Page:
55. Your vision actually follows what I already put into affect. I homeschool my kids and always have. But I also “unschool” and focus on life skills. It worked out even better than I could have hoped. My eldest is 17 and will graduate both high school and college next year at a local tech school. She’s also a lifeguard and extremely self sufficient. My 14 year old is a homebody that loves to cook and bake wholesome foods and naturally cares for others. And one of the original reasons I decided to keep them out of school was because I could have control over the diet they would eat.

  56. Great article, Mark. I agree with everything. I’ve always thought the first class of the day should be recess. Kids are more apt to pay attention after a little running around. We live in northern Michigan. Snow should not stop kids from playing outside. And on the days it is too cold, hold recess in the gym or go on field trips.

  57. This sounds a lot like homeschooling. (Was homeschooled and now homeschool my own.)

  58. I have been an educator for over 25 years, and I have been disillusioned by the public school system for most of that time. I have been calling for many of the things you suggest for a long time, in particular longer recess, deeper work, and an emphasis on trades and specific tracks for students.
    One additional suggestion I would add is to revisit the concept of grading. although it is important for students to understand their progress in the subject, grades are detrimental to true learning. I homeschool my own child, not because of covid-19 at the public school he was losing interest in learning. All that mattered were the grades, and not his growth as a person and a student. Thank you for compiling these ideas in one place. If only we had an educational system willing and able to enact even part of these suggestions!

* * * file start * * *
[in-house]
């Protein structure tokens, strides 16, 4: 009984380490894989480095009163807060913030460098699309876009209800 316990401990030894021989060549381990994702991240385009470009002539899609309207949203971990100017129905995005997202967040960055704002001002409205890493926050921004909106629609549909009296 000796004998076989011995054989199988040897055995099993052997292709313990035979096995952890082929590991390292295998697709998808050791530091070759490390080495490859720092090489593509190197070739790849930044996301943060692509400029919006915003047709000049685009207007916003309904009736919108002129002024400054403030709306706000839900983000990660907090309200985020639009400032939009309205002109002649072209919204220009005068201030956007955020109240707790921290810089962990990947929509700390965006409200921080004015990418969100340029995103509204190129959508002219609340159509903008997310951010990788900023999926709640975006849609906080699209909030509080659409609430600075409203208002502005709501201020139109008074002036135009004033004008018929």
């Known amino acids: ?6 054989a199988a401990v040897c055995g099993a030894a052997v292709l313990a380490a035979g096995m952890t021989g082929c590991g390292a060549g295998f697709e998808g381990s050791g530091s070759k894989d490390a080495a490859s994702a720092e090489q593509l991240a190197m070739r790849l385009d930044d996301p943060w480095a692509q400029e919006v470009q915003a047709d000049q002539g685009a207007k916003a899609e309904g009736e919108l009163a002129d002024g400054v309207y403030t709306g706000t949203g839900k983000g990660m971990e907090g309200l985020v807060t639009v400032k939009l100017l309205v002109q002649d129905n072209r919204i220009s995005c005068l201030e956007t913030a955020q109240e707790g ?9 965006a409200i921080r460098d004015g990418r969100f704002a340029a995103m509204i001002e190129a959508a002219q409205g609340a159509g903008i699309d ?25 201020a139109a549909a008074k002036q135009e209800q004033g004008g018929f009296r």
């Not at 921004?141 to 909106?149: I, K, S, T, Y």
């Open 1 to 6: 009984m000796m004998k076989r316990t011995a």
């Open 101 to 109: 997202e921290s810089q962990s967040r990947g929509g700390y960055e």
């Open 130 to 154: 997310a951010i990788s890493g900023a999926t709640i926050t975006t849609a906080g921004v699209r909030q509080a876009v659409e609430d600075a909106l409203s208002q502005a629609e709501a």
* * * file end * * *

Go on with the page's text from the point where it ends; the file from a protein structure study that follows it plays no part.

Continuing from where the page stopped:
59. Mark Sisson for President! JK, I would never wish that on you!
    But you’re thoughtfully written article would be a brilliant way for children to learn.
    The current Core curriculum is designed so teachers can teach the answers (rather then the kids really learning how to truly problem solve) and the kids get higher grades which increases the schools funding, plus the curriculum is basically set up for kids to grow into general office worker bees sitting in front of a computer. It’s sad.
    Numerous teachers I’ve talked to over the years all say (or seem to) they don’t like their jobs! That’s a problem right there!

    I do think that for the typical family a later start time won’t create a beautiful breakfast environment and will interfere with parents getting to work – but it’s a beautiful thought.

  60. Working as an educator for the past 35 years you may be surprised that I think your ideas are just what we need. Teachers know that students need time to struggle and puzzle and think and play – and not just little ones. Add to your list to get teachers involved – and treat them like the experts they are. They can help make your vision come true.